While analysts expect prices to keep rising, they would have to advance another 45 percent to match the record $2,301.50 reached in March 2008. Production fell 220,000 ounces short of demand that year, Barclays estimates. Lonmin made $455 million in 2008 and will report profit of $13.9 million in 2012, based on the mean of nine analyst estimates compiled by Bloomberg.
Demand may fall short of analysts’ expectations because 38 percent is tied to the metal’s use in catalytic converters for vehicles. Platinum is used with palladium and rhodium in the canisters with honeycomb-like surfaces that convert emissions into less harmful substances.
The economy in China, the biggest car market, has slowed for six quarters, the 17-nation euro area is contracting, and consumer confidence in the U.S. fell the most in 10 months in August. Europe accounted for 27 percent of consumption last year and China 25 percent, according to Johnson Matthey Plc, the maker of one in three autocatalysts.
“There are potential claims on the supply side, but it’s very much the demand that’s going to drive prices lower in the coming months,” said Ross Strachan, a commodities economist at Capital Economics Ltd. in London. “The largest source of demand for platinum is in Europe, and the one overriding point is the poor state of the European economy.”
Rising prices will also spur more recycling. Supply from spent autocatalysts jumped 21 percent in 2008 as platinum surged, according to London-based Johnson Matthey. Total scrapping rose to a record 2.05 million ounces in 2011 as prices averaged an all-time high of $1,721.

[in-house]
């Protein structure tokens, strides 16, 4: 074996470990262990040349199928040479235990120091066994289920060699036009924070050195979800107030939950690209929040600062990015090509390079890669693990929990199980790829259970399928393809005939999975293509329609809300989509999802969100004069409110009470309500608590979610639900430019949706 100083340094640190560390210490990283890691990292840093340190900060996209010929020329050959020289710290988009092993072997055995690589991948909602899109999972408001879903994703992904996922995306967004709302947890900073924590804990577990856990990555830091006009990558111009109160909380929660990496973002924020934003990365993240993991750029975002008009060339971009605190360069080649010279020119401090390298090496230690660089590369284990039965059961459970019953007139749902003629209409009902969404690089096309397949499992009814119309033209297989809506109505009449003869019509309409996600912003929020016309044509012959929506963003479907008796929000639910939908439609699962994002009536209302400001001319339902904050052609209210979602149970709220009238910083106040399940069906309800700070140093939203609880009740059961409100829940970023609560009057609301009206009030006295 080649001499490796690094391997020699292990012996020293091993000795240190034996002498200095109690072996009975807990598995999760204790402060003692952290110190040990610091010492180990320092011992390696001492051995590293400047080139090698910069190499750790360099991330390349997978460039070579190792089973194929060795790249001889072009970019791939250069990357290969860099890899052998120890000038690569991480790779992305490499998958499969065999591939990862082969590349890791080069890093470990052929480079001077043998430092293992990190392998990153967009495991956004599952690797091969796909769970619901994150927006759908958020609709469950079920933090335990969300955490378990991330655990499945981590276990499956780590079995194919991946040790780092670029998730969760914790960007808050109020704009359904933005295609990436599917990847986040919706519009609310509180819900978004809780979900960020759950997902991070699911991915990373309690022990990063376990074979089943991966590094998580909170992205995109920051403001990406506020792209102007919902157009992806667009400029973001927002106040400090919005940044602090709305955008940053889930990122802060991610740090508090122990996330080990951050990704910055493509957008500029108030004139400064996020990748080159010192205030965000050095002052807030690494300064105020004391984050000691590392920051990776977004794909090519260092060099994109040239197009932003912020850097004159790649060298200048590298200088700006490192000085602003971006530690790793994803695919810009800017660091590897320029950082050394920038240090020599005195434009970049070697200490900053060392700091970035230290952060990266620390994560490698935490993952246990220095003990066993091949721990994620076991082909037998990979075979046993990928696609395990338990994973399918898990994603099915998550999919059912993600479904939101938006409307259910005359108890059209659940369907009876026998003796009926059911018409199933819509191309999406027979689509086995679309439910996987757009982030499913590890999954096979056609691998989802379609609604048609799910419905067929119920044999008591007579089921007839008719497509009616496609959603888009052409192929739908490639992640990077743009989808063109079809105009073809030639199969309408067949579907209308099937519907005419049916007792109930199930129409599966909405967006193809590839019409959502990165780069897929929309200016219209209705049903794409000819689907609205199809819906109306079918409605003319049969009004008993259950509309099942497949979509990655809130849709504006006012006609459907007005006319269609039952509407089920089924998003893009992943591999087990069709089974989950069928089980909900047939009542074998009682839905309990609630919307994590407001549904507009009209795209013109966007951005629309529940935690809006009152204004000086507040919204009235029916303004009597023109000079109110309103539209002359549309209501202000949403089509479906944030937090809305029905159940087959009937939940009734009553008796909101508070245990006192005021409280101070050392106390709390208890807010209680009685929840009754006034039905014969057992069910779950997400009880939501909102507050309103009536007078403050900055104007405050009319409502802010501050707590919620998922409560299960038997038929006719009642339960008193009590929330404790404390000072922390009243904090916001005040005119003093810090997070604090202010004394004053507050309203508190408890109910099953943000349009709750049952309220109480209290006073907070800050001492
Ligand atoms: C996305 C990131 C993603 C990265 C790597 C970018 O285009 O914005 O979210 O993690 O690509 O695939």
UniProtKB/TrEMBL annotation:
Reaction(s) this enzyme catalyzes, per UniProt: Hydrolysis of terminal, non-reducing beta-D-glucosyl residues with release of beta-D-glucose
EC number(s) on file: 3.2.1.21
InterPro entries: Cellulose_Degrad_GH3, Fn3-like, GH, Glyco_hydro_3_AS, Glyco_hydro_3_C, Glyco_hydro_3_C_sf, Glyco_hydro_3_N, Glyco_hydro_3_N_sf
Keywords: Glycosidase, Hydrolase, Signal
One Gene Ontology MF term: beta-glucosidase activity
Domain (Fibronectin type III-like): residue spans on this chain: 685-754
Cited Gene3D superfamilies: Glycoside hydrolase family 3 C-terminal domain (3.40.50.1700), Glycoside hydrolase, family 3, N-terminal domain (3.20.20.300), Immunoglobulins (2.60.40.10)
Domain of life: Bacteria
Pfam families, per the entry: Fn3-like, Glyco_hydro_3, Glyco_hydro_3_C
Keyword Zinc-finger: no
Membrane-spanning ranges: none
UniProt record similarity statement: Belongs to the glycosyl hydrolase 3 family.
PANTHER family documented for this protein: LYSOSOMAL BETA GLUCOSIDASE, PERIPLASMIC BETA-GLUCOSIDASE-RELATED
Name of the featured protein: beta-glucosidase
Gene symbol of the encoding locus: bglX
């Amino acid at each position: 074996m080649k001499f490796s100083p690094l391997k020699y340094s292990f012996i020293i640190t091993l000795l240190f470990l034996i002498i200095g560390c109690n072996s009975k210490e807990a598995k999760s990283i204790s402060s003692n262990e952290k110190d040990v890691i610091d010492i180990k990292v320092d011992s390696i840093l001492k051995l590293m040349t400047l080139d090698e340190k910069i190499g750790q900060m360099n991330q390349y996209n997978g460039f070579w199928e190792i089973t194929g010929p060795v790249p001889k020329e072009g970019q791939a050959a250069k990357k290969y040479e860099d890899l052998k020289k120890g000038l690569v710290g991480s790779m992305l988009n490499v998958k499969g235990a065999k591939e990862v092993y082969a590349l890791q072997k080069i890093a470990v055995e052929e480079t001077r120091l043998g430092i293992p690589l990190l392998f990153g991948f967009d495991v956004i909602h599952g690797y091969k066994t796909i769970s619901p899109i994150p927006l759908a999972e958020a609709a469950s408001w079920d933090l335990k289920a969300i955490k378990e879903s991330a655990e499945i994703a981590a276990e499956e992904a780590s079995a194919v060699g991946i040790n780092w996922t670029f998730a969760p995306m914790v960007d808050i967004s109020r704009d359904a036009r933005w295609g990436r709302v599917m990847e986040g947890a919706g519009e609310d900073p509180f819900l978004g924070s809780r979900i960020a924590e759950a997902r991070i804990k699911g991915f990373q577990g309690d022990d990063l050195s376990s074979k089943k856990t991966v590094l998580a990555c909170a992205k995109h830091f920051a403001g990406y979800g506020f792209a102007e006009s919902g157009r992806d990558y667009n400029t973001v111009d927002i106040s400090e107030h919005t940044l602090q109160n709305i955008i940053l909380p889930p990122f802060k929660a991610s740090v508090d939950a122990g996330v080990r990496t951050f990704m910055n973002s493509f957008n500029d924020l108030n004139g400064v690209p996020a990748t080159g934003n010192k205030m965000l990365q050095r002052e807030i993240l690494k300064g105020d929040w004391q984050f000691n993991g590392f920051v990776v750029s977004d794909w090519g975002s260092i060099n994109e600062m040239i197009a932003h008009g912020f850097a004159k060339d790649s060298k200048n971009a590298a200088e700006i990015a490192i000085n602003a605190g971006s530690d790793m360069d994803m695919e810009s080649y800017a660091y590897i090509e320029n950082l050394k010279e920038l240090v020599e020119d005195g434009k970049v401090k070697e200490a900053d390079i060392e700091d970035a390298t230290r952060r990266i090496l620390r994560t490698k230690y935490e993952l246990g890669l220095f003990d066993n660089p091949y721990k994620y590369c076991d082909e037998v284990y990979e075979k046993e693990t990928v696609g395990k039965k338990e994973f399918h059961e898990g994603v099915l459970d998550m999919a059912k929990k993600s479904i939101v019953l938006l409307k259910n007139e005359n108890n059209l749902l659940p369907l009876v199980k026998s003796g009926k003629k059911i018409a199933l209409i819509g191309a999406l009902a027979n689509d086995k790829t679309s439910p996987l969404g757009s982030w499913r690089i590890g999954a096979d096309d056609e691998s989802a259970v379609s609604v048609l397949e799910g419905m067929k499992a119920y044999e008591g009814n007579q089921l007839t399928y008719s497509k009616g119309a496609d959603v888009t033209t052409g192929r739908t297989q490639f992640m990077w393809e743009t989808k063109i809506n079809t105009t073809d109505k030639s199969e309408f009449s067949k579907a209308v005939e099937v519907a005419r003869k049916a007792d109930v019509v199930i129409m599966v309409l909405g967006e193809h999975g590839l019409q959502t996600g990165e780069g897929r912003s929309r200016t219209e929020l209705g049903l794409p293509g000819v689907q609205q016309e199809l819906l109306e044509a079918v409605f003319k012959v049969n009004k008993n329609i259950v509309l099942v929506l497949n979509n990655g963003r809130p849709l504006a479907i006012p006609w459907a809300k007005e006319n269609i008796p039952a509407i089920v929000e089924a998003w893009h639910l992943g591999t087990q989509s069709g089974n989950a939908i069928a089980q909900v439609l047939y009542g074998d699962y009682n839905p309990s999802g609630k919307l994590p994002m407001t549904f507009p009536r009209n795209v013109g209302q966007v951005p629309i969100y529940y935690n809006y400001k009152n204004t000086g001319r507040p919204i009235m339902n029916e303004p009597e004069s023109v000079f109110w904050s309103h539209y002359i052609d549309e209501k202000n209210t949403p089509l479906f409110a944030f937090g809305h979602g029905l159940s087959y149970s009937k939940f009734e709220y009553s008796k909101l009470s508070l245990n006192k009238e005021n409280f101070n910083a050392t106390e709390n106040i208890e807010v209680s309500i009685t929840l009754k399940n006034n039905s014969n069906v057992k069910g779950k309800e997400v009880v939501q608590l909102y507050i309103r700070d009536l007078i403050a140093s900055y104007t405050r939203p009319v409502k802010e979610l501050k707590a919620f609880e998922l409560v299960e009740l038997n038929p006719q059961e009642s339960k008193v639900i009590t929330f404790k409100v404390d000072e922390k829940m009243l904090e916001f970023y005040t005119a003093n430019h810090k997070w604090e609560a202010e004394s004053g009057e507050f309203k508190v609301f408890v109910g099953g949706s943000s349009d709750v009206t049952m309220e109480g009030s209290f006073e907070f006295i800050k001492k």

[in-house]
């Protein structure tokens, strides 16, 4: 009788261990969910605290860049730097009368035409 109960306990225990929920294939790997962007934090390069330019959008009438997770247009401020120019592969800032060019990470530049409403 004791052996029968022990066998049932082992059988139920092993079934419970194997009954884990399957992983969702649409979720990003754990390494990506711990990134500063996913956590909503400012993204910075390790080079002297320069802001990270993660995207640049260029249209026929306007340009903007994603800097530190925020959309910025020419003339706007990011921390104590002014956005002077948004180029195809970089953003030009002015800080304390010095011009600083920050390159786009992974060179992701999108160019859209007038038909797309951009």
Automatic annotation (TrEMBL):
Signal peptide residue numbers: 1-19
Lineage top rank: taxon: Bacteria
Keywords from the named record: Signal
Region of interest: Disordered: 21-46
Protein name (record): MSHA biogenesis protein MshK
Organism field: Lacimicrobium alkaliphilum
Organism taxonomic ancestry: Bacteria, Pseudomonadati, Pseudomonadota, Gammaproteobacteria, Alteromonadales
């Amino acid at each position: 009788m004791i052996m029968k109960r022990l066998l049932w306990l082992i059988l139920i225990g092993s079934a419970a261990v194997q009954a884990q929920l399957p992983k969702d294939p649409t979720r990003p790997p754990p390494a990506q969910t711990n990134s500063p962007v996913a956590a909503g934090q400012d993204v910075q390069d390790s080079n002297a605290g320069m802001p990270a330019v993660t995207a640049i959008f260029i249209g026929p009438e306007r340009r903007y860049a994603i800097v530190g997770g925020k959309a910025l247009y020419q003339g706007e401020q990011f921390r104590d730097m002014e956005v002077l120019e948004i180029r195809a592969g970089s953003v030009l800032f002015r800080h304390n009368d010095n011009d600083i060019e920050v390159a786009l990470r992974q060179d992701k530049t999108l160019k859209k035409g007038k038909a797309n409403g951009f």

Global sales of cars and light commercial vehicles will rise 5.5 percent to a record 81.1 million units this year, according to LMC Automotive Ltd., a research company in Oxford, England. Carmakers will use 3.22 million ounces this year, the most since 2008, and 3.81 million in 2013, Morgan Stanley estimates.
Hedge funds and other speculators almost tripled wagers on rising prices in the two weeks through Aug. 28, U.S. Commodity Futures Trading Commission data show. They now hold a net 20,072 U.S. futures and options, the most since March. ETP holdings reached an 11-month high of 45.3 metric tons on Sept. 4, valued at $2.31 billion and 2.3 percent below the record set in September 2011, data compiled by Bloomberg show.
Anglo American Platinum Ltd. (AMS), the biggest producer, will report profit of 3.03 billion rand ($365 million) next year, from 1.38 billion rand in 2012, based on the mean of eight analyst estimates. The Johannesburg-based company made 3.59 billion rand in 2011. Its shares dropped 21 percent to about 420 rand this year.
“The mines are unprofitable,” said David Christensen, who oversees $600 million of assets as chief executive officer of ASA Ltd., a San Mateo, California-based company investing in precious-metal companies. “Increasing labor activity is going to negatively affect production.”